Marketing and communications comprises all of the various activities you use to reach your target audience — advertising, public relations, direct marketing, branding, social media, public presentations, online marketing, printed collateral and other initiatives.
There are now so many different tentacles of marketing and communications that it’s important to tie them together in a way that makes sense for your organization. An integrated marketing and communications plan can help you work more effectively to promote your brand or organization and tell your story.
Here are a few ground rules that can help you be successful:
Commit time, resources and attention
- Set some goals that are clear – this will require a conversation with the people in your organization, especially those in charge of communications
- Know your audience — this will require a bit of research
- Understand what you want to convey – both the content itself and the tone or voice.
- Who is responsible for which pieces – do you have a workflow?
Part of navigating the various marketing and communications channels comes down to honestly assessing your resources. Determine how much time, money and personnel you can commit and decide where your resources will be put to the best use. For example, if you have more people and time than money, put more emphasis on public relations and social media efforts and less emphasis on paid advertising. Be realistic. You can’t do it all.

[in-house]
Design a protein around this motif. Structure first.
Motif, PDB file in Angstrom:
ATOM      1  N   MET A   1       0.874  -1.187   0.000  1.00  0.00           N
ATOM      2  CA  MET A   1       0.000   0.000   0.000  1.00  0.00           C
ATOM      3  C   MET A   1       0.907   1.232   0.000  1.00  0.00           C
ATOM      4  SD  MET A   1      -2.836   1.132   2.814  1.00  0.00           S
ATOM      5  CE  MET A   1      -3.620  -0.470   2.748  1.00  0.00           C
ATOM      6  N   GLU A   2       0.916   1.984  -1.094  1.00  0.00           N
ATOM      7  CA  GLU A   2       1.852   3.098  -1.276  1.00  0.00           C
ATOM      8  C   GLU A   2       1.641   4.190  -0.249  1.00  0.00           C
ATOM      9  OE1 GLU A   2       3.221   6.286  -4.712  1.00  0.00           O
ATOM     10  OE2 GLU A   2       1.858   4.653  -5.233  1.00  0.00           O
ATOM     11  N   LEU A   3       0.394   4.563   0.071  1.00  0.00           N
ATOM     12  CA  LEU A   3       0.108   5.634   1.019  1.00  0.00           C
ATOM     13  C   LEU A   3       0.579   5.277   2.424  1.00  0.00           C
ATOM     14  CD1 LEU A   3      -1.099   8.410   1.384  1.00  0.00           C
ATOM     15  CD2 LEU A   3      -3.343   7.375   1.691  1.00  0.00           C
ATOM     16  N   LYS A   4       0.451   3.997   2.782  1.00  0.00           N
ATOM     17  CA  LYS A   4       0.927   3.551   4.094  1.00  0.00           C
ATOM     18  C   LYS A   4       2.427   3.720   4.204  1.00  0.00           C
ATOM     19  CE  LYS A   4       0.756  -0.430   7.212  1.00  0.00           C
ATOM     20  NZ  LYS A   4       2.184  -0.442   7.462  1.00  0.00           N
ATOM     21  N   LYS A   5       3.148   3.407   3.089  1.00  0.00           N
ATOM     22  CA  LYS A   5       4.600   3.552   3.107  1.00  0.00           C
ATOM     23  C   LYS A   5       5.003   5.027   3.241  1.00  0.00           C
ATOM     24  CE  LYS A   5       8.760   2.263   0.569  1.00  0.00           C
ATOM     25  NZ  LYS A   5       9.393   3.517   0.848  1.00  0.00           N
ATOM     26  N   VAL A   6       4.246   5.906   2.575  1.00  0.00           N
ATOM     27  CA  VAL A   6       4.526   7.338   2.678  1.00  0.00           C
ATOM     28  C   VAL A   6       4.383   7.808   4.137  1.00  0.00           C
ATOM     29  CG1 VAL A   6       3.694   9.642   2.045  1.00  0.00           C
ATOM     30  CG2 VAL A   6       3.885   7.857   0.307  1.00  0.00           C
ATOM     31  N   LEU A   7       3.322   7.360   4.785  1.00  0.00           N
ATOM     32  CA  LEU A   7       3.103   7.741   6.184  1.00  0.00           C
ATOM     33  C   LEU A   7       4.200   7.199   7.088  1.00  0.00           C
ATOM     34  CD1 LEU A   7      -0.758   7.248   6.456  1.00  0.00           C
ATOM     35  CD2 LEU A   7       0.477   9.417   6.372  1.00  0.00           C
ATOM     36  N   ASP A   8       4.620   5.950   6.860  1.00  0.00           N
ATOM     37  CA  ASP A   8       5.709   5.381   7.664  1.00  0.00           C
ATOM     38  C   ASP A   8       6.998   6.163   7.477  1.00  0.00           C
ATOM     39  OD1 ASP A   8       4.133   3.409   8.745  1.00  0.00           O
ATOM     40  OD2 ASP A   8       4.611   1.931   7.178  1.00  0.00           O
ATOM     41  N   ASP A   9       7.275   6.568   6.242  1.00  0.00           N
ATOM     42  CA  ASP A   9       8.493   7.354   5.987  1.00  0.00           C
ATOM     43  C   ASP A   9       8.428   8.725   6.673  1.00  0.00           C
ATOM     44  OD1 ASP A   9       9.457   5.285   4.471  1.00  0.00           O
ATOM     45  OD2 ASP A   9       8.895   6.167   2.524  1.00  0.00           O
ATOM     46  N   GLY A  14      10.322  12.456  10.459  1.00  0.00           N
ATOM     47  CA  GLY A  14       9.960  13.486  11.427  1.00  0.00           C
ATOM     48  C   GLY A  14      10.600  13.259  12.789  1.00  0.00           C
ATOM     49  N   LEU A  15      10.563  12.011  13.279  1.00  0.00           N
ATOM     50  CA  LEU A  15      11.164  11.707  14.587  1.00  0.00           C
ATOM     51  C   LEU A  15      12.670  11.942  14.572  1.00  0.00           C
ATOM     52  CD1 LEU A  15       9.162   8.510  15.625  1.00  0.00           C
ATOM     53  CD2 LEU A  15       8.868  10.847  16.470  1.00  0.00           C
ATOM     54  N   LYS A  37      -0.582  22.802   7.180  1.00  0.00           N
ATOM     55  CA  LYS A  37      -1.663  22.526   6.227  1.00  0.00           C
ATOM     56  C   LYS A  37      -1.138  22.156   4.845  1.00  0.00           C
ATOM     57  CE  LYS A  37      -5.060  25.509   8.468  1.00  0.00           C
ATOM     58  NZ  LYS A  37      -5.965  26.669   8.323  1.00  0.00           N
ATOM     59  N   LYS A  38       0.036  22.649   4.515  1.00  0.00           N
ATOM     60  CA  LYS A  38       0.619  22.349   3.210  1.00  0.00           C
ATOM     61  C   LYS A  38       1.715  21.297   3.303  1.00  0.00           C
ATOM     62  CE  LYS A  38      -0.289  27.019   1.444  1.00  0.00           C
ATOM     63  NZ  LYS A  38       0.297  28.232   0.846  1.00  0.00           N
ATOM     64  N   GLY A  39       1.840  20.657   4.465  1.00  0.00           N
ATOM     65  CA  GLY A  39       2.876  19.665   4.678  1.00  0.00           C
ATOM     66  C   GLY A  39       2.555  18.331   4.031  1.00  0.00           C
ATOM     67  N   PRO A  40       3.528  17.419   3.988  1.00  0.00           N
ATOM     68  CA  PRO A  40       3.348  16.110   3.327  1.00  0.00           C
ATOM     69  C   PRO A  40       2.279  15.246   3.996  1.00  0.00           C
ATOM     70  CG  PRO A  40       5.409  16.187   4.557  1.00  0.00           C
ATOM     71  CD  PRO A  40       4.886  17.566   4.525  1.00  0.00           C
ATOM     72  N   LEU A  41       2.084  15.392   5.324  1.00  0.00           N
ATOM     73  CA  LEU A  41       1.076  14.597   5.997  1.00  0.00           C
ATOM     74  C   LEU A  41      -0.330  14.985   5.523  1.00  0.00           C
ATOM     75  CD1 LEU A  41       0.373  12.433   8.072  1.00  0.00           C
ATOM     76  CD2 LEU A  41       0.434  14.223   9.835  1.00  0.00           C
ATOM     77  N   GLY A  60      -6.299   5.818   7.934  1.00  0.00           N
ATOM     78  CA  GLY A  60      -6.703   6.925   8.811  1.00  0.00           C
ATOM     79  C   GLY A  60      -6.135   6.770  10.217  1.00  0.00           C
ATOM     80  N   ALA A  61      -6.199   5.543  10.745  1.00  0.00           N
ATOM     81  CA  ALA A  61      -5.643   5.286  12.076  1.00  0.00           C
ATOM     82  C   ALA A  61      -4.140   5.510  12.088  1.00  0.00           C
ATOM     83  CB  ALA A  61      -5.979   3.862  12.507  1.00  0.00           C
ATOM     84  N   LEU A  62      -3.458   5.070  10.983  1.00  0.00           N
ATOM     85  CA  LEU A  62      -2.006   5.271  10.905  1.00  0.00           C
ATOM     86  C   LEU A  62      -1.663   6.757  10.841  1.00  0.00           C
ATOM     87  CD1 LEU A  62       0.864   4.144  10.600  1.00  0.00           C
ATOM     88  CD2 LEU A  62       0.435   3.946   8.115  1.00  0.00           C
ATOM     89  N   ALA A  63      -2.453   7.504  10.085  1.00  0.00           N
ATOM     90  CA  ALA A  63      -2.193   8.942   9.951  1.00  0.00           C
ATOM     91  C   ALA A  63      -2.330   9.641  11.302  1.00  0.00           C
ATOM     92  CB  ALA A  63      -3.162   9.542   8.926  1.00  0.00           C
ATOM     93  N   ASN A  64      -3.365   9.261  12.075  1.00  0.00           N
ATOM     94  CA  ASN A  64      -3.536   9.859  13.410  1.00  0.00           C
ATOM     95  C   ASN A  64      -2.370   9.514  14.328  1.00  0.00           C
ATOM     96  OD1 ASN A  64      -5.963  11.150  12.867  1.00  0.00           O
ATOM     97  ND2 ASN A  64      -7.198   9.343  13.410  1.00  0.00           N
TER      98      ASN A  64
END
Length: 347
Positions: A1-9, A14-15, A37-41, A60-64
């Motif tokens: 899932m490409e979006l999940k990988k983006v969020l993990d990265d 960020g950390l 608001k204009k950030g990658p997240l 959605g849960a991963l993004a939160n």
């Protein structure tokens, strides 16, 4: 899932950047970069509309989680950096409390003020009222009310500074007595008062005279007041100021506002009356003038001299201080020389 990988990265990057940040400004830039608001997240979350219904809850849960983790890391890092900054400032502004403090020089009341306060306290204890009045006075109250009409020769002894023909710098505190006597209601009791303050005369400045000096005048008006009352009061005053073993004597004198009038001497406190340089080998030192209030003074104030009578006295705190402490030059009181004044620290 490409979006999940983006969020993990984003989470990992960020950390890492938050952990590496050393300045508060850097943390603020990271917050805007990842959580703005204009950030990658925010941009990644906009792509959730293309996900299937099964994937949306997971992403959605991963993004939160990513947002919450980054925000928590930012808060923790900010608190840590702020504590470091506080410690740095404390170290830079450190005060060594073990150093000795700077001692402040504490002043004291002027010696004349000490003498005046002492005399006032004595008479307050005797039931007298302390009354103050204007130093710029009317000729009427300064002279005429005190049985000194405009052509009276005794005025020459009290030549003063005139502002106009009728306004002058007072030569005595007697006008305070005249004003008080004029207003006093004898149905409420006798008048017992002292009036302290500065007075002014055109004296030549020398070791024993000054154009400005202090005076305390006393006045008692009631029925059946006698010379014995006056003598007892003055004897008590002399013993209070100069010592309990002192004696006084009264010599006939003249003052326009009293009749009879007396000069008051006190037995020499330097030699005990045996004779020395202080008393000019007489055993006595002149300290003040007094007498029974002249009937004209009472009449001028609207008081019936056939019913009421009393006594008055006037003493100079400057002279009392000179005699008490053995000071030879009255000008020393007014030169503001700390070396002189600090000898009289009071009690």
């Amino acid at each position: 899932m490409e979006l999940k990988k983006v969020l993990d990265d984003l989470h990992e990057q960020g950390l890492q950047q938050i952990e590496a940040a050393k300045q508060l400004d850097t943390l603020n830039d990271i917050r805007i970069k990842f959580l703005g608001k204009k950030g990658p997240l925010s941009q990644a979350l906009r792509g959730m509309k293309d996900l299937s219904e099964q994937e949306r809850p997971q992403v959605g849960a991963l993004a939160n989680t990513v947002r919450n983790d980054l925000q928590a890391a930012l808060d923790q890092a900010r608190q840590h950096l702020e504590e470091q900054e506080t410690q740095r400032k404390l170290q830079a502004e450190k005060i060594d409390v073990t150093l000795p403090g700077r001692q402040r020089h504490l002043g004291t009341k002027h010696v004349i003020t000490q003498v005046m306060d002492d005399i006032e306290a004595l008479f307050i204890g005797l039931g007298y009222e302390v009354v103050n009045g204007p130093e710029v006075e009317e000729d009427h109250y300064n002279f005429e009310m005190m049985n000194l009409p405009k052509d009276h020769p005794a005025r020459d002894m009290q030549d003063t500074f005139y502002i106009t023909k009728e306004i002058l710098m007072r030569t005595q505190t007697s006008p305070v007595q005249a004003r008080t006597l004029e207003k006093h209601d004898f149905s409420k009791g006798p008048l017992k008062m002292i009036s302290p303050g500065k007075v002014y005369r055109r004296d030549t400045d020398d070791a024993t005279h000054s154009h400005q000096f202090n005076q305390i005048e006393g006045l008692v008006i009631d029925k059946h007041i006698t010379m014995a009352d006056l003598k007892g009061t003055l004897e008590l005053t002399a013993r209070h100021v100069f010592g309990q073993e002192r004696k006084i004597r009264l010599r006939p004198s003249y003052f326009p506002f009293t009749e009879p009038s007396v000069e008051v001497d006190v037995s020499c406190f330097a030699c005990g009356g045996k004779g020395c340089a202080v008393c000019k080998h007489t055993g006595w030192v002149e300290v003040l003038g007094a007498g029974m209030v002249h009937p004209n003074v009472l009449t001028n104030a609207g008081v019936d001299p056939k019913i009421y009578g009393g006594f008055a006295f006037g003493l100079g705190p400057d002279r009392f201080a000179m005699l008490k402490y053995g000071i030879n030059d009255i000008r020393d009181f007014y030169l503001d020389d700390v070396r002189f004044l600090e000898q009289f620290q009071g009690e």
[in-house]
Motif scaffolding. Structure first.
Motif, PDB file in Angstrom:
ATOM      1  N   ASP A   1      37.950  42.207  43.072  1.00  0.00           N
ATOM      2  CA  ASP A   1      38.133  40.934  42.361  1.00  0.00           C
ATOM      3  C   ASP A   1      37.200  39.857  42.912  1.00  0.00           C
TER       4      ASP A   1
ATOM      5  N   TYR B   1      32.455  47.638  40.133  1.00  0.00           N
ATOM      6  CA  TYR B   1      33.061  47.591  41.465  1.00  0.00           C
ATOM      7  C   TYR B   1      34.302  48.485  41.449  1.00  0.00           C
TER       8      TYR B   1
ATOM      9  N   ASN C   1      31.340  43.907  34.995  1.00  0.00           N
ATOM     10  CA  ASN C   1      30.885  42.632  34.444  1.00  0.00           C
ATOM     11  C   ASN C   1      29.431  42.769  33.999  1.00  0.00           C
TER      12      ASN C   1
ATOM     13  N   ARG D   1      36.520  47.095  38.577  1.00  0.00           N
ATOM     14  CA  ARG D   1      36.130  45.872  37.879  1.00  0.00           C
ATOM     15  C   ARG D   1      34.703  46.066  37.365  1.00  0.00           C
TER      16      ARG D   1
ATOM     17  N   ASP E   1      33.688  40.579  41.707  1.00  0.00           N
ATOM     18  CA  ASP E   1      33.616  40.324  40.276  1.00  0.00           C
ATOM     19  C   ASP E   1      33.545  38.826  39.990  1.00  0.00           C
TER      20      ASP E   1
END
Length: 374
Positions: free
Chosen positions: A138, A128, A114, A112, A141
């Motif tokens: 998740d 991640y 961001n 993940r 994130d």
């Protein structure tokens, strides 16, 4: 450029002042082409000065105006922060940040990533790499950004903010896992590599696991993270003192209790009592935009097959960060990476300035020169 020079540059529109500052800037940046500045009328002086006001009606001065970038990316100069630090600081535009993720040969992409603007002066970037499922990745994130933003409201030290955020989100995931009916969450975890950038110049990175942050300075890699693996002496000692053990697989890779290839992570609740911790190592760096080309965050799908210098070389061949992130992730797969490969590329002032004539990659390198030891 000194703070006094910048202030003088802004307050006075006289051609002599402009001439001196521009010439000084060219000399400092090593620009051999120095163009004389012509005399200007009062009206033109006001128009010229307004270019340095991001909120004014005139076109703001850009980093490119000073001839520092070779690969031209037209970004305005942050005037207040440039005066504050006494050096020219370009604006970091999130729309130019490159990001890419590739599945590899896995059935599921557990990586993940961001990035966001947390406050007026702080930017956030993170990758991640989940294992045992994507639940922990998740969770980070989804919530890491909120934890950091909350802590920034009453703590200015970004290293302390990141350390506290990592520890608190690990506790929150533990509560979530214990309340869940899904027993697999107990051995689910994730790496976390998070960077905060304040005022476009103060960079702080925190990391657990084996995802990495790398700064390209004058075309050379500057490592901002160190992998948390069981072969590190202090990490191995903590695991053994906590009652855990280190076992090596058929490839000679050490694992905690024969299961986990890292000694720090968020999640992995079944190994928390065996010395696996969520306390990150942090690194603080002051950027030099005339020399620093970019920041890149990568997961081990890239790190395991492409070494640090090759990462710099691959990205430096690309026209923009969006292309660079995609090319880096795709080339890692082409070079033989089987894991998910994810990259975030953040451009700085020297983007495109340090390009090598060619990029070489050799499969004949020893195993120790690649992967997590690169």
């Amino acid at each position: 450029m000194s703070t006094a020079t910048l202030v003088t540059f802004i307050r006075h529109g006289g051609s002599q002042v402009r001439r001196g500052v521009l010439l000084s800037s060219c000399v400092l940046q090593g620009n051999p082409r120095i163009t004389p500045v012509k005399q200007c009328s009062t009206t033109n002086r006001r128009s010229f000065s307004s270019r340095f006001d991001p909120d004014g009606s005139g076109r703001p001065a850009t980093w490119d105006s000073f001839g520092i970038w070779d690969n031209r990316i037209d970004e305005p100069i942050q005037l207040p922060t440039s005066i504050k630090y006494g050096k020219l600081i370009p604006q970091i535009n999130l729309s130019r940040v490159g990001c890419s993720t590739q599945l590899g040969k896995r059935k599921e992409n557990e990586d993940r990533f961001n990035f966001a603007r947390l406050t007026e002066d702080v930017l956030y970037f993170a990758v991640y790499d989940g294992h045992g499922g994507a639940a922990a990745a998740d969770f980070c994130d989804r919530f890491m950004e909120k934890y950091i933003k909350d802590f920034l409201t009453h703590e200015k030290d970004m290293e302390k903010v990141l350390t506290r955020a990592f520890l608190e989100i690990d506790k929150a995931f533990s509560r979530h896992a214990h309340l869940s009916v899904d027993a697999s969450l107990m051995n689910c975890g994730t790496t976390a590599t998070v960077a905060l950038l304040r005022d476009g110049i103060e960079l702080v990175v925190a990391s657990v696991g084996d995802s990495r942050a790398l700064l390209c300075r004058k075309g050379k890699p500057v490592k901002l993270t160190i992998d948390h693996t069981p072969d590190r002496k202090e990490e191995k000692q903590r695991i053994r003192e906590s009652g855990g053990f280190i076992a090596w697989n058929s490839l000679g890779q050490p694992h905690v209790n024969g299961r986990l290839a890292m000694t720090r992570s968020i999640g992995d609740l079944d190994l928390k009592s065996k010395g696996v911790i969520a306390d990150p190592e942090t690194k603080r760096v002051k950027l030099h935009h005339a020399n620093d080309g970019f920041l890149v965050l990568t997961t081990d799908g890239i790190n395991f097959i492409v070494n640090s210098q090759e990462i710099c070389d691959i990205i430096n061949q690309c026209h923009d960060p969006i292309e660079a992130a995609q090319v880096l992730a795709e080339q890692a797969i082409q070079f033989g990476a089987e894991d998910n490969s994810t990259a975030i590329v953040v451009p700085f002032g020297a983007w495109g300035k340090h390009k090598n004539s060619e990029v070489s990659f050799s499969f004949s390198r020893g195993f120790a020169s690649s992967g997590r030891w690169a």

Setting goals and objectives
Developing a strategic communications plan (see below) will help you to be successful. It’s more than a matter of writing down your aims and ambitions. Developing a plan involves significant research, assessment and asking questions – both within your organization and outside your organization. Ultimately, it will help you determine where you are and where you are going with your efforts.
Know your audience
Determining your intended audience is a key step in any communications planning. You might feel like you already have a good general sense of your audience, but it’s helpful to zero in and find out as much as you can about the people you’re trying to reach. How old are they? What do they read to stay up to date? What are their goals and ambitions? What are they looking for? What are they lacking? Talk directly to your audience. Have conversations. If necessary, conduct a digital survey of their needs.
Just as you aim to understand your target audience before launching into a campaign, it’s important that you understand yourself. Laying out what your organization stands for and what you hope to convey will help determine the content that you intend to provide. As you go through the process of organizational soul searching, make note of some of the issues that come up — it may serve as valuable fodder for ideas later (e.g., blog posts, topics for presentations, etc.)
Just as important as having a plan is having the people to carry it out. Assign roles and responsibilities at the outset to make sure that tasks are getting completed. Meet regularly to assess your efforts and, if necessary, make changes to your assignments.